We needed pizza so I made delicious tortilla pizza using a new stove top method. ( Courtesy SV Kittiwake) I am pleased to report that they were delicious. They took mere minutes to cook, saving us gas and added cabin heat from the oven.

On thursday we met up with Mark and Jan for coffee. After a good night’s sleep we were feeling back to normal. We enjoyed having a catch up with them and met up later for dinner in the marina restaurant.

On Saturday Marco came to fit the new starter motor (900 Euros plus labour!). All was going well. The engine started; the alternator seemed to be producing electricity and feeding it into the batteries; the instrument panels appeared to be in working order. Fantastic. Marco gathered up his tools and shook hands with us. Grazie! Grazie!

Just as he was about to step off Linea, Ian tried to switch the engine OFF. No joy. the connection to the fuel solenoid seemed to be broken. Marco climbed back on!

He spent a couple of hours trying to figure out the problem. We await his return.

Time in Split by bus

Ian and I decided to take a quick day trip to Split from our anchorage in Vinisce. This involved a couple a buses from Vinisce to Trogir and then from there to Split. All very easy to figure out. We arrived in Split around midday and headed to the old town. Here we wandered round taking in the sights.

It was of course very warm and we soon ran out of the impetus to wander round much more. We headed for a fabulous health food bistro Step by Step and ordered some yummy salads and ravioli.

Having re-fuelled we felt better and were able to summon up the energy to walk back to the bus station. The bus times worked perfectly for us and although we arrived back after dark there were no problems getting back to the boat.

A good day out.


Sailing in the bay of Kotor, a massive inland sea.

In order to leave Croatia officially, it is necessary to complete some paperwork. First, you have to moor stern to the customs quay; then visit the harbour master who checks you have paid your cruising tax; then pay your respects to the port police who check your crew list and passports. It all takes quite a while especially when boats ahead of you on the quay are getting snagged on each other’s anchors and you, meanwhile, are having to motor round and round in circles whilst they sort themselves out. Hey ho!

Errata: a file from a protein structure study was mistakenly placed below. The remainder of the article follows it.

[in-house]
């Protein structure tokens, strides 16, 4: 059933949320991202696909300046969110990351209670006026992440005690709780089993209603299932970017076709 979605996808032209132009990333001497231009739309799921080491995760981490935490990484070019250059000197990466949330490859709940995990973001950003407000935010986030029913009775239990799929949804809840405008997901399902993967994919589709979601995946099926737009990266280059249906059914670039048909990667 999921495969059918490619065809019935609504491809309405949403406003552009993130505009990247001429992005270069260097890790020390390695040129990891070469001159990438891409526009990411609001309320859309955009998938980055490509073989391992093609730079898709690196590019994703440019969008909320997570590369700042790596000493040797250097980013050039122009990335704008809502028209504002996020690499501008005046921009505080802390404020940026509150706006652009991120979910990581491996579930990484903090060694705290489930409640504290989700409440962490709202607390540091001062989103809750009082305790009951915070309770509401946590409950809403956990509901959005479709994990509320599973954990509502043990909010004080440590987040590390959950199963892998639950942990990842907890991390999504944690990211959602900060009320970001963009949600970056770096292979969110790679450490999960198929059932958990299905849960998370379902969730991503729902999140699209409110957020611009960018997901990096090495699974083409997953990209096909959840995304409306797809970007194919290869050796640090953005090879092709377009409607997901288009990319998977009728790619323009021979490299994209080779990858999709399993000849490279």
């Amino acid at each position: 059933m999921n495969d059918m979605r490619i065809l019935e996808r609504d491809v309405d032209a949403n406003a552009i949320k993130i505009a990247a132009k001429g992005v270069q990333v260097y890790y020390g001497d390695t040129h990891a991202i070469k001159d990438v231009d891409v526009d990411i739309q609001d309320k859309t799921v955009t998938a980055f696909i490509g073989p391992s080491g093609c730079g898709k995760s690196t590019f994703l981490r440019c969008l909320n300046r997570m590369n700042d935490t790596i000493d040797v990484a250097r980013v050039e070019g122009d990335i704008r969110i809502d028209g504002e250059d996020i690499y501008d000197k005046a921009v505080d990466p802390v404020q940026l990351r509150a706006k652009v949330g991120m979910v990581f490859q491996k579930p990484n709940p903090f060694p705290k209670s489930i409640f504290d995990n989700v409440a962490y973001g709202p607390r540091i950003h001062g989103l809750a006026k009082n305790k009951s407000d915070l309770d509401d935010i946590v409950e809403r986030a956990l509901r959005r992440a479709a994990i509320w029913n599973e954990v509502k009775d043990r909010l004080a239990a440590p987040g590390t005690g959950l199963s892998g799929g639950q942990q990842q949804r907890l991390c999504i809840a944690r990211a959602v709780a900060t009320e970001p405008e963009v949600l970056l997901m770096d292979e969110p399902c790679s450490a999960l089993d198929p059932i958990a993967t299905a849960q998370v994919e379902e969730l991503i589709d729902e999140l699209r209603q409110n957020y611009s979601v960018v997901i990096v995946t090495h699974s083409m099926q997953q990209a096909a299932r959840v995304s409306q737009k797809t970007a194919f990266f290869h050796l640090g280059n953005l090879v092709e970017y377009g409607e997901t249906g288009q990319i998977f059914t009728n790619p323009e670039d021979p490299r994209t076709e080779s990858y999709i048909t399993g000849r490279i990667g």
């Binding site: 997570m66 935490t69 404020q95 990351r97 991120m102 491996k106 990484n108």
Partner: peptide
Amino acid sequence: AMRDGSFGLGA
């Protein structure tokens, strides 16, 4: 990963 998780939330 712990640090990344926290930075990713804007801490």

So, we left later than expected to sail to Montenegro. There wasn’t so much wind and what there was, was predictably blowing towards us. We sailed some and motored some.

Whilst completing the engine checks this morning Ian noticed that water was leaking into the sail drive. It is not good when salt water gets in to those delicate gears and so we knew we had to find a yard to lift us out and replace the seal, etc. We contacted a yard in Dubrovnik to the north and one in Montenegro. The Navar Yacht Services Tivat in Montenegro offered a very good price to lift us out fix the problem and put us back in. We wanted to go there anyway so it made sense to head south.

We arrived in Zelenika where we had to check into Montenegro. This took some time and so we arrived at our chosen anchorage just as it was getting dark. We anchored in a bay south of Sv Marko island which used to be a Club Med Resort before the civil war and is now derelict. The holding was excellent and the shelter from the north also good.

We spent a couple of nights here prior to motoring towards the boatyard We met up with Tim, Katie and Molly on Monty B who run a day charter company around the Bay and who know lots of our friends from Marina di Ragusa, where we over-winter Linea.

Linea being lifted in Navar Boat Yard.

We had an appointment for 1000h in the yard. The weather was perfect and we reversed into the slips with ease. Within an hour and forty minutes we were being lowered back into the water. Fixed again!!

For the next few days we explored the bay of Kotor. Its dramatic surrounding black mountains truly are remarkable. We headed north past two islands with churches on them and anchored in a bay at the mouth of a small river. Ashore we found an old mill building which still uses the power of the river water to turn the olive press wheel.

Next day, we motored past the church islands to get a better view and headed further into the bay down to the town of Kotor. We were able to anchor off in the bay well out of the way of the three visiting cruise ships.

Here there is a walled town rather like a mini Dubrovnik. We enjoyed an evening stroll around the town but were determined to come back early in the morning so that we could walk around in complete peace before the cruise ship passengers were disgorged.

Fresh mussels

On our return we found a fantastic market and met some guys who had just come back from harvesting mussels. We bought a kilo of mussels for tea for an astronomical 3 Euros.

After a couple of days here we moved back to Tivat because we had arranged to hire a car to explore further inland.

We had a good walk along the impressive promenade at Tivat, past the pristine superyacht harbour with its designer shops and along to the Maritime Museum. Here we happened upon a tour which was about to start around a Yugoslavian submarine. What an interesting half hour. The guide explained all about the submarine in impecable English and Italian. I even got to look in the periscope!